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Global Spine J. 2016 Jun;6(4):329-34. doi: 10.1055/s-0035-1563610. Epub 2015 Sep 29.

The Thoracolumbar AOSpine Injury Score.

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Department of Orthopaedic Surgery, The Rothman Institute at Thomas Jefferson University, Philadelphia, Pennsylvania, United States.
Department of Orthopaedic Surgery, Catholic University, Curitiba, Brazil.
Department of Neurosurgery, University of Maryland School of Medicine, Baltimore, Maryland, United States.
Department of Orthopaedic Surgery, Ganga Hospital, Coimbatore, Tamil Nadu, India.
Department of Orthopaedic Surgery, University of Washington, Seattle, Washington, United States.
Department of Orthopaedic Surgery, The Swedish Neuroscience Institute, Seattle, Washington, United States.
Center for Spinal Surgery and Neurotraumatology, Berufsgenossenschaftliche Unfallklinik Frankfurt, Frankfurt/Main, Germany.
Center for Spinal Surgery, Schön Klinik Nürnberg Fürth, Fürth, Germany.
Department of Orthopaedic Surgery, University of British Columbia, Vancouver, British Columbia, Canada.
Department of Orthopaedic Surgery, Medical University Innsbruck, Innsbruck, Austria.
Department of Orthopaedic Surgery, University Medical Center, Utrecht, The Netherlands.


Study Design Survey of 100 worldwide spine surgeons. Objective To develop a spine injury score for the AOSpine Thoracolumbar Spine Injury Classification System. Methods Each respondent was asked to numerically grade the severity of each variable of the AOSpine Thoracolumbar Spine Injury Classification System. Using the results, as well as limited input from the AOSpine Trauma Knowledge Forum, the Thoracolumbar AOSpine Injury Score was developed. Results Beginning with 1 point for A1, groups A, B, and C were consecutively awarded an additional point (A1, 1 point; A2, 2 points; A3, 3 points); however, because of a significant increase in the severity between A3 and A4 and because the severity of A4 and B1 was similar, both A4 and B1 were awarded 5 points. An uneven stepwise increase in severity moving from N0 to N4, with a substantial increase in severity between N2 (nerve root injury with radicular symptoms) and N3 (incomplete spinal cord injury) injuries, was identified. Hence, each grade of neurologic injury was progressively given an additional point starting with 0 points for N0, and the substantial difference in severity between N2 and N3 injuries was recognized by elevating N3 to 4 points. Finally, 1 point was awarded to the M1 modifier (indeterminate posterolateral ligamentous complex injury). Conclusion The Thoracolumbar AOSpine Injury Score is an easy-to-use, data-driven metric that will allow for the development of a surgical algorithm to accompany the AOSpine Thoracolumbar Spine Injury Classification System.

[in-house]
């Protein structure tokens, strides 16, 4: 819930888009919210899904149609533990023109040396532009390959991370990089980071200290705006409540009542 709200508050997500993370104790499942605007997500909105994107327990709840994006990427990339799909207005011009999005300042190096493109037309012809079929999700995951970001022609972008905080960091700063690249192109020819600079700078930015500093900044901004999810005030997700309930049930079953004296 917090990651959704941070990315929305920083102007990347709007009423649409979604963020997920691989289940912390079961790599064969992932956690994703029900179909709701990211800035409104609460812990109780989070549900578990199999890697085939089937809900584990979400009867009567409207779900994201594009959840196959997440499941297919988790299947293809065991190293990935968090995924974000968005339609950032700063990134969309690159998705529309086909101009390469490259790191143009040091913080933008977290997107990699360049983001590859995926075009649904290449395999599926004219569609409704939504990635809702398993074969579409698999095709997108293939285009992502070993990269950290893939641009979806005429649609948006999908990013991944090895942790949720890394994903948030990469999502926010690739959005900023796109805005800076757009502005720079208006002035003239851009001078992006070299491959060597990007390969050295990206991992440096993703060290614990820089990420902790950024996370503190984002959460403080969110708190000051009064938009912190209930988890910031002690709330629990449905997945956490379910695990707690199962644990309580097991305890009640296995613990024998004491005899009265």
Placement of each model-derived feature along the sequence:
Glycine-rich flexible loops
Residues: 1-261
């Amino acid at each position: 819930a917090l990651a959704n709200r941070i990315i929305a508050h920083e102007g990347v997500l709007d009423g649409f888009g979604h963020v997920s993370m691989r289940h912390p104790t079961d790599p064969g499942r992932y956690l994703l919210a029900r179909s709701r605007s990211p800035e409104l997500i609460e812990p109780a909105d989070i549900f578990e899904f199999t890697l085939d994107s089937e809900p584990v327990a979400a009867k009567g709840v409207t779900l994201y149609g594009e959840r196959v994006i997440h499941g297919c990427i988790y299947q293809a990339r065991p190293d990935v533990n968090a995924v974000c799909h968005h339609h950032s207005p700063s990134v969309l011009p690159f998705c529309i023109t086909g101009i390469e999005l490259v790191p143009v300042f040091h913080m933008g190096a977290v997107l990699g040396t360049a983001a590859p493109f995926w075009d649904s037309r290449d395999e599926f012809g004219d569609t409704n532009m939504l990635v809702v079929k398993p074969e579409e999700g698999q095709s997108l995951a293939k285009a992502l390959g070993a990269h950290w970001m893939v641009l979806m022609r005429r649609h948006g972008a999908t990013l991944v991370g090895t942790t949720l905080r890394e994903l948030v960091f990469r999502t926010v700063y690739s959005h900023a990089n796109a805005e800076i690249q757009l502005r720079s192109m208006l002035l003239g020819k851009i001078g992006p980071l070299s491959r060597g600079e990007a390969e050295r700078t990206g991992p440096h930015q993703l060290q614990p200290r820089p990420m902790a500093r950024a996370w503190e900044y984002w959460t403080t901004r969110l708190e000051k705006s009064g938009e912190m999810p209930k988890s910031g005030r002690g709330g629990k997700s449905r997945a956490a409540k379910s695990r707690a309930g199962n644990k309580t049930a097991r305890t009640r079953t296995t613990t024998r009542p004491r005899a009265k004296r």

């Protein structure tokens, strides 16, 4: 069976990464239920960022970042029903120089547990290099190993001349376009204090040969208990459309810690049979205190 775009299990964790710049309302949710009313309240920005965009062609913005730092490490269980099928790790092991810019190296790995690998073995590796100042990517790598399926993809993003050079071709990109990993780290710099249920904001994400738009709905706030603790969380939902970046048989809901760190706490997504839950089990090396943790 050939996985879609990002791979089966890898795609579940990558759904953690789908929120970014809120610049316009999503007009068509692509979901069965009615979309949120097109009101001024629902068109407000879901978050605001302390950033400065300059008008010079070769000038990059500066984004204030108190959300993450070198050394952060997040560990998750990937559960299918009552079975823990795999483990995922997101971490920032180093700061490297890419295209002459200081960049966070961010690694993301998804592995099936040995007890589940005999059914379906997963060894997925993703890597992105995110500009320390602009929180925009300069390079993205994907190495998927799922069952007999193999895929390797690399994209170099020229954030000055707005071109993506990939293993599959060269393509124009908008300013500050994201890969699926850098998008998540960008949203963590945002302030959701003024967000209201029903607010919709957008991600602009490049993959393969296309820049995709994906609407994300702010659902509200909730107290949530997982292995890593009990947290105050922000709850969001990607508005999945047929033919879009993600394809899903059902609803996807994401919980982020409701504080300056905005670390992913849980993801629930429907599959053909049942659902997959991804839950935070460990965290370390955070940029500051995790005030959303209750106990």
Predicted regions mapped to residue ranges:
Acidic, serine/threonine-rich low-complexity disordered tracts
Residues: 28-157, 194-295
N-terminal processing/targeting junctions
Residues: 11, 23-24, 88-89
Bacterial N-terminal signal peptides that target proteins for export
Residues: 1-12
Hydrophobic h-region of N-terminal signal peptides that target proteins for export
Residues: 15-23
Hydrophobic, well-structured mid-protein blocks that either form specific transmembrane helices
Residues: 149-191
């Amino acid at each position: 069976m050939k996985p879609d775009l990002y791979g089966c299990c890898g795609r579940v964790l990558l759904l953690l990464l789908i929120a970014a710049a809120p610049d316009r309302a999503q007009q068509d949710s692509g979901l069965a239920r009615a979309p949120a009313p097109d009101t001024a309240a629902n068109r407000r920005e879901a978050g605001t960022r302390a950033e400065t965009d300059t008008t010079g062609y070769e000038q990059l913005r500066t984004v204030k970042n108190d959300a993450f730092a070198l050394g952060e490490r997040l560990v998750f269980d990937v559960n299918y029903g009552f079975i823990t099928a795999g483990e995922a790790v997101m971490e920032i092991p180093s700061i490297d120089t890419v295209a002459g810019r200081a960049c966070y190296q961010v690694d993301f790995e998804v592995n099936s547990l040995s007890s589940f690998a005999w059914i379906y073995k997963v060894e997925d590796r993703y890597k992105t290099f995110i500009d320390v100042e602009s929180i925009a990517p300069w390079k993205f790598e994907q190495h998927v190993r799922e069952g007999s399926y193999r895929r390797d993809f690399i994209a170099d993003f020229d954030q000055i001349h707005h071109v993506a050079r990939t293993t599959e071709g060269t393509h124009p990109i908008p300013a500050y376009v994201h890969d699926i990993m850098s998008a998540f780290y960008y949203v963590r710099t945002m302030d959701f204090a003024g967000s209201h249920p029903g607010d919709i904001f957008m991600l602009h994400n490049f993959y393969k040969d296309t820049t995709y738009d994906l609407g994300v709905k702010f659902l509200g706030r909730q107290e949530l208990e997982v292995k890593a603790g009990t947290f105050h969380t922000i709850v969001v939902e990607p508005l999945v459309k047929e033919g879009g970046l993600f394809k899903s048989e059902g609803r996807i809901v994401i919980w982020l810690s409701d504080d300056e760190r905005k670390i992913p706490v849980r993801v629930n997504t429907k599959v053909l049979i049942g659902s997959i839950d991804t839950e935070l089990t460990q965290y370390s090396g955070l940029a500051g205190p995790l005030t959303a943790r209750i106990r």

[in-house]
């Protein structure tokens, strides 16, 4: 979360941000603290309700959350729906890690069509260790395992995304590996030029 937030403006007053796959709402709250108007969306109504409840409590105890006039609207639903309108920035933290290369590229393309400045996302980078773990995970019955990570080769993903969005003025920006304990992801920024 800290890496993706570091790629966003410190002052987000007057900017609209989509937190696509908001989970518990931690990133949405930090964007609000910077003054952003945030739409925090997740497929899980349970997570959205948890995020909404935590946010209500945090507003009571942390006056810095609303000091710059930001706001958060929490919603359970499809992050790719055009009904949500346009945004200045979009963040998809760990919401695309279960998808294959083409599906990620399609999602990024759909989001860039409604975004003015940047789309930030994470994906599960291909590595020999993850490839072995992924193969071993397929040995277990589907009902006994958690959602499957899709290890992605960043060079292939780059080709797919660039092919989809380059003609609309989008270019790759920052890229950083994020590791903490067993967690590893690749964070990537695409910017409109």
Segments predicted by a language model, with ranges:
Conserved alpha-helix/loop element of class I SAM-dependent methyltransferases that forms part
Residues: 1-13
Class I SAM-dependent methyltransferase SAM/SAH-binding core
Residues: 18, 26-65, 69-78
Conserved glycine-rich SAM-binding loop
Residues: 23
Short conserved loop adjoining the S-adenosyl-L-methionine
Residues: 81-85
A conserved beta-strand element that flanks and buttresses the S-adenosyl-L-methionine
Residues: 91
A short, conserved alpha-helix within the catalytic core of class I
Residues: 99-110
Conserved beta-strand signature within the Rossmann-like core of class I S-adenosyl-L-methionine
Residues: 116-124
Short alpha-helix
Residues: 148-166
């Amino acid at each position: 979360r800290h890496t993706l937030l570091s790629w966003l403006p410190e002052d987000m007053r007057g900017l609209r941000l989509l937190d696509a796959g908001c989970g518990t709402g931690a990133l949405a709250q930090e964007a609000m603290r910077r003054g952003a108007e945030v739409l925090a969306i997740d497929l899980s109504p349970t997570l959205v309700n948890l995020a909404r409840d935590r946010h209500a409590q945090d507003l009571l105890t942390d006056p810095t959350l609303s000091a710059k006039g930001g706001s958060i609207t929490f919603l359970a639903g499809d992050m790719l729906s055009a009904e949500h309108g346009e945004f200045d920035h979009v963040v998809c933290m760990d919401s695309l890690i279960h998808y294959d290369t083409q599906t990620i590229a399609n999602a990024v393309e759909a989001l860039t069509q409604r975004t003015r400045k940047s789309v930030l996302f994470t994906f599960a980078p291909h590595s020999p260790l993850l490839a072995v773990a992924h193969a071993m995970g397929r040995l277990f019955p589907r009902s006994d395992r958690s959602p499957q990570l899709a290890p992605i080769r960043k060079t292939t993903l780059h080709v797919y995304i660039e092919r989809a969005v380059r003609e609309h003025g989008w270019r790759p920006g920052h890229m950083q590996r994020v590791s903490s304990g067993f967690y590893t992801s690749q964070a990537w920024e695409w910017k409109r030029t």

AOSpine; AOSpine injury score; TL AOSIS; thoracolumbar spine injury classification system; thoracolumbar trauma

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